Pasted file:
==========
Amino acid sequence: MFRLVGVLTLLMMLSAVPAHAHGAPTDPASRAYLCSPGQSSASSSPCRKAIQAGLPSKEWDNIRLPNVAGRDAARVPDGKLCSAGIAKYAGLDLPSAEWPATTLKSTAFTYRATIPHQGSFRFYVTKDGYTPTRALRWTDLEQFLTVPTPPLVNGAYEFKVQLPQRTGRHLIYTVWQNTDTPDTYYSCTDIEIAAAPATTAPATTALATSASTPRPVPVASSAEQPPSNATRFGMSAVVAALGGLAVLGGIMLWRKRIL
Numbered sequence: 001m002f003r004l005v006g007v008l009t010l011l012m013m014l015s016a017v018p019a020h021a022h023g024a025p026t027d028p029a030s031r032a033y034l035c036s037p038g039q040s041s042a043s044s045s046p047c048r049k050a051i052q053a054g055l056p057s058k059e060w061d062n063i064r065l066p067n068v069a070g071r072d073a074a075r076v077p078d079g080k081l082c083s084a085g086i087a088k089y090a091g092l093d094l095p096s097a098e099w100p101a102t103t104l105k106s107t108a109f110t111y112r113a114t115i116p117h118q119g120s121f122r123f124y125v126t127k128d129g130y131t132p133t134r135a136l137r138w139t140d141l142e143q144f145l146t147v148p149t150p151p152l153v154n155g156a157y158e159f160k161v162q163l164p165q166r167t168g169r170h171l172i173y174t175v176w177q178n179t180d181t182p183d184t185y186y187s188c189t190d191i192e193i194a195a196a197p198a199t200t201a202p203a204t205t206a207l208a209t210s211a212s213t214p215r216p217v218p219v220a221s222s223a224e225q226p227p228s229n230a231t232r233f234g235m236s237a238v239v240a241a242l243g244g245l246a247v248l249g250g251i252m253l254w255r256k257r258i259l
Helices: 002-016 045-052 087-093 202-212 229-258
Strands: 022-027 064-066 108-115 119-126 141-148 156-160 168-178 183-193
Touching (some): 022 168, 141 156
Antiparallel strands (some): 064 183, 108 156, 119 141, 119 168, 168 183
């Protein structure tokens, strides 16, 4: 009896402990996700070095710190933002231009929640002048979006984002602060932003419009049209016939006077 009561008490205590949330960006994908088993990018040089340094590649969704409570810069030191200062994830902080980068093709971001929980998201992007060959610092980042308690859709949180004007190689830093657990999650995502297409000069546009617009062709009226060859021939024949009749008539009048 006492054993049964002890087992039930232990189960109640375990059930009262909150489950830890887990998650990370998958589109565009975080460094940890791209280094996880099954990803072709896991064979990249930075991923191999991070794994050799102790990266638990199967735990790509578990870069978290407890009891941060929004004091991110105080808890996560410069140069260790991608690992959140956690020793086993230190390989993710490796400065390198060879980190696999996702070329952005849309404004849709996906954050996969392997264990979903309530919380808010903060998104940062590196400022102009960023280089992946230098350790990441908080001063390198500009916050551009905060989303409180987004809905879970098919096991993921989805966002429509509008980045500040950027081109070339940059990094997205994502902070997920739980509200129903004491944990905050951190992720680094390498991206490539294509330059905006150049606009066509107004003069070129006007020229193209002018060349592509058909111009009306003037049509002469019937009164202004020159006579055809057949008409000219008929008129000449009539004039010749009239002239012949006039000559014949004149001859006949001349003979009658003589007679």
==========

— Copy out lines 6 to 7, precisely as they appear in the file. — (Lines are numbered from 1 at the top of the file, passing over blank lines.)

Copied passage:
Antiparallel strands (some): 064 183, 108 156, 119 141, 119 168, 168 183
């Protein structure tokens, strides 16, 4: 009896402990996700070095710190933002231009929640002048979006984002602060932003419009049209016939006077 009561008490205590949330960006994908088993990018040089340094590649969704409570810069030191200062994830902080980068093709971001929980998201992007060959610092980042308690859709949180004007190689830093657990999650995502297409000069546009617009062709009226060859021939024949009749008539009048 006492054993049964002890087992039930232990189960109640375990059930009262909150489950830890887990998650990370998958589109565009975080460094940890791209280094996880099954990803072709896991064979990249930075991923191999991070794994050799102790990266638990199967735990790509578990870069978290407890009891941060929004004091991110105080808890996560410069140069260790991608690992959140956690020793086993230190390989993710490796400065390198060879980190696999996702070329952005849309404004849709996906954050996969392997264990979903309530919380808010903060998104940062590196400022102009960023280089992946230098350790990441908080001063390198500009916050551009905060989303409180987004809905879970098919096991993921989805966002429509509008980045500040950027081109070339940059990094997205994502902070997920739980509200129903004491944990905050951190992720680094390498991206490539294509330059905006150049606009066509107004003069070129006007020229193209002018060349592509058909111009009306003037049509002469019937009164202004020159006579055809057949008409000219008929008129000449009539004039010749009239002239012949006039000559014949004149001859006949001349003979009658003589007679």